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I Know I Shouldn’t Be Judgmental, But I’m So Good at It

I Know I Shouldn’t Be Judgmental, But I’m So Good at It

Judge not, that you be not judged . . . Why do you see the speck that is in your brother’s eye, but do not notice the log that is in your own eye? Matthew 7:1,3

I’m judgmental. The problem is, I’m good at it. It’s just so easy to see other people’s mistakes. I may be blind to my own mess, but I’ve got a keen eye for the destructive behavior of my neighbor. It’s not that I want to help those around me. I just prefer to sit back, shaking my head, wondering how people can be so stupid.

Here’s perhaps the most hypocritical part of my judgmentalism: I use myself as the gold standard. Anyone who makes more money than me is greedy. Anyone who is more overweight than me is a glutton. I may have been enslaved to drugs once, but now that I’m sober, I find myself looking down on those still struggling. I’ve found recovery. Why can’t you? In looking down on others, I elevate myself.

It’s not that I don’t still have my struggles. I do. It’s just different when I fail. I have my reasons and justifications. My ability to justify my ongoing flaws is perhaps only eclipsed by the disgusting pride that blinds me to my hypocrisy.

It is of course, hideous, repulsive pride that breeds judgmentalism. Christians are particularly prone to this flaw which Jesus pointed out in today’s passage. We may have been forgiven and should be filled with grace for others, but so often, we now find ourselves looking down on those who still struggle or those who struggle differently than we do. How can you be so dumb? What’s wrong with you?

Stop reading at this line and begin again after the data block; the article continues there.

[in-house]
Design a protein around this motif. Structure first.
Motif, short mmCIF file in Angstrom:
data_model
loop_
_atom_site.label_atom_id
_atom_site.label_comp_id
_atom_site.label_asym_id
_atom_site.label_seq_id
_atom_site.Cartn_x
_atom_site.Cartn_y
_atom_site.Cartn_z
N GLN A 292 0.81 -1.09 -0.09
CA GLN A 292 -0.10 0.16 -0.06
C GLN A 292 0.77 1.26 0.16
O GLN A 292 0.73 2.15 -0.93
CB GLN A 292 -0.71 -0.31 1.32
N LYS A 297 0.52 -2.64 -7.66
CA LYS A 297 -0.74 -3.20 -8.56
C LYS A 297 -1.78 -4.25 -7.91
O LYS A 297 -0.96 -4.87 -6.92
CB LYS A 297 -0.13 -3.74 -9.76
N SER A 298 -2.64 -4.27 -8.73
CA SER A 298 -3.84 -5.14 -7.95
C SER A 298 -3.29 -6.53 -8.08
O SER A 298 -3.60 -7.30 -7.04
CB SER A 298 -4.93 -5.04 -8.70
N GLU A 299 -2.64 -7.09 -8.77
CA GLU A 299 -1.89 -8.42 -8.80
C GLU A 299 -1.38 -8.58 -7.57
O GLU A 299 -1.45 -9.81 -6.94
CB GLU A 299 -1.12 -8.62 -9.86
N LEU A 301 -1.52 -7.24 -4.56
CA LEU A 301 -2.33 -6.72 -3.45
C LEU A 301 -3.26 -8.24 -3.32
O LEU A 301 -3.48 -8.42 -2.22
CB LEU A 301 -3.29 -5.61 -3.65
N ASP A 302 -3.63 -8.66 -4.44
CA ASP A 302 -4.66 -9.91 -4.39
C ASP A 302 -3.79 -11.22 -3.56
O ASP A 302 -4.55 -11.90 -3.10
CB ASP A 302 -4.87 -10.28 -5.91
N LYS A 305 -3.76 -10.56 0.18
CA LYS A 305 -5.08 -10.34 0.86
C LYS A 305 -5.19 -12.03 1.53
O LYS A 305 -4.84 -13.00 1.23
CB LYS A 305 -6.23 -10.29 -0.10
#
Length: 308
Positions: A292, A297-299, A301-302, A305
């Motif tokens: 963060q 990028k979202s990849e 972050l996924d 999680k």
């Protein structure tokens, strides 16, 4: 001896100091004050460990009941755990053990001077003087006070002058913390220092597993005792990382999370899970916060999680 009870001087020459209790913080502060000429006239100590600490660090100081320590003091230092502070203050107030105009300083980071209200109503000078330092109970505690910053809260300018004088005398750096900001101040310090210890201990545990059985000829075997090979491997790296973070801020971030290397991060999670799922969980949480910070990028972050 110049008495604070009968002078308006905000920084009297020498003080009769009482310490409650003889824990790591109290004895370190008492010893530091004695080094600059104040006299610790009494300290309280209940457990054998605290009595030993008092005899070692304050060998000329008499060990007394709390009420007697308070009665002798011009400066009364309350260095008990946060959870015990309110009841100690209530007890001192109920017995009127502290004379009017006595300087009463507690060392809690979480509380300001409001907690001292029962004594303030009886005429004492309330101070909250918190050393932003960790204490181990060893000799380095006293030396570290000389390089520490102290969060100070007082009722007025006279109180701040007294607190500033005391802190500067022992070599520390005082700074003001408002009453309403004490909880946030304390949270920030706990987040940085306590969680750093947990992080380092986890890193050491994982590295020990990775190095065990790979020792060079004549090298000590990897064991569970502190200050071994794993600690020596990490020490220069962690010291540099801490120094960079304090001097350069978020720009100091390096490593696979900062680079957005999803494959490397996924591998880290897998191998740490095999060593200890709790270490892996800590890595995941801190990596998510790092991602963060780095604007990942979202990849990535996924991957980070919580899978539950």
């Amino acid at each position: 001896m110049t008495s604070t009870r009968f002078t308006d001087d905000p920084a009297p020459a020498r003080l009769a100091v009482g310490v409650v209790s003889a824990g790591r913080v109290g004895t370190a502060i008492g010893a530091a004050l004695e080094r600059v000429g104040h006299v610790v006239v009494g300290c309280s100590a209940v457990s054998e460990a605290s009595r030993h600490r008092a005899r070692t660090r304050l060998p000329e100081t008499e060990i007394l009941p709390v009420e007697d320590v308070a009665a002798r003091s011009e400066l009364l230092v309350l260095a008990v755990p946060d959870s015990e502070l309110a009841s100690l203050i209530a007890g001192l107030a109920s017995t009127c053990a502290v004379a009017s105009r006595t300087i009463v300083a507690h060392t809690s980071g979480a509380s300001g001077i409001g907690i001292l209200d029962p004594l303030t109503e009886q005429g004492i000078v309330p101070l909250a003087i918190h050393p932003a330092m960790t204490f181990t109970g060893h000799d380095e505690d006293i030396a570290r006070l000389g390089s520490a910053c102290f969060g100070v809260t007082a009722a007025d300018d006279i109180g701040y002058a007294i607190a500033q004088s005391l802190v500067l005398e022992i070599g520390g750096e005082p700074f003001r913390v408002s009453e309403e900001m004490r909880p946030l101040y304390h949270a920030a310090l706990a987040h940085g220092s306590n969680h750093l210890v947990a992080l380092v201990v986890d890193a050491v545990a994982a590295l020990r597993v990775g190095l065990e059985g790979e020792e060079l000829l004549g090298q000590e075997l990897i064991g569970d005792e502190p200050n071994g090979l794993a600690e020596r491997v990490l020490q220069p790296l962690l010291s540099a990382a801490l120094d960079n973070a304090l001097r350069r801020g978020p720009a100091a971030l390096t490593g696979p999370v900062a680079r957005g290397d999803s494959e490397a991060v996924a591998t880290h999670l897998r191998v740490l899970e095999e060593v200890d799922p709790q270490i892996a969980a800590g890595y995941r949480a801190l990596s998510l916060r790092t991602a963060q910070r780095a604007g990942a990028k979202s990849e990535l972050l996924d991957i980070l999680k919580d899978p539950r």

In doing so, Christ says we point out the speck in our brother’s eye, while remaining completely blind the log in our own. Our spiritual life may be suffocating under the weight of our own pride, but that doesn’t stop us from looking down on the neighbor drowning in his struggle.

As we have been shown so much grace, we must show grace to others. We all still struggle in some way and if we can’t see that, we’ve surely surrendered to blinding pride. If we truly follow Christ, we must daily choose honesty and humility about our own ongoing need for God’s grace.

 

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  1. Anthony FREEBURG says:

    Pastor Steve Z., Unity Reformed, told me about The Law of Jante (Danish: Janteloven)[note 1] is a code of conduct known in Nordic countries, that portrays doing things out of the ordinary, being overtly personally ambitious, or not conforming, as unworthy and inappropriate.
    In simple terms it is a code on how we jugde each other, outside the realm of Scripture. If you think you are better than me, I will tear you down in some way to make you my equal; if I see you as being below me, I will be content to keep you there.
    We see it in our society all the time, we don’t like the Yankees or Patriots because they are to good… We judge rich people as being greedy and selfish, although we need the jobs and money they provide.
    Thanks for your blog!! It is always a call to use Scripture as our meter for living life, not the opinions around us.

    • Scott says:

      That’s pretty fascinating Pastor Tony. I know I do it. I didn’t know there was such a name for it! Thanks!

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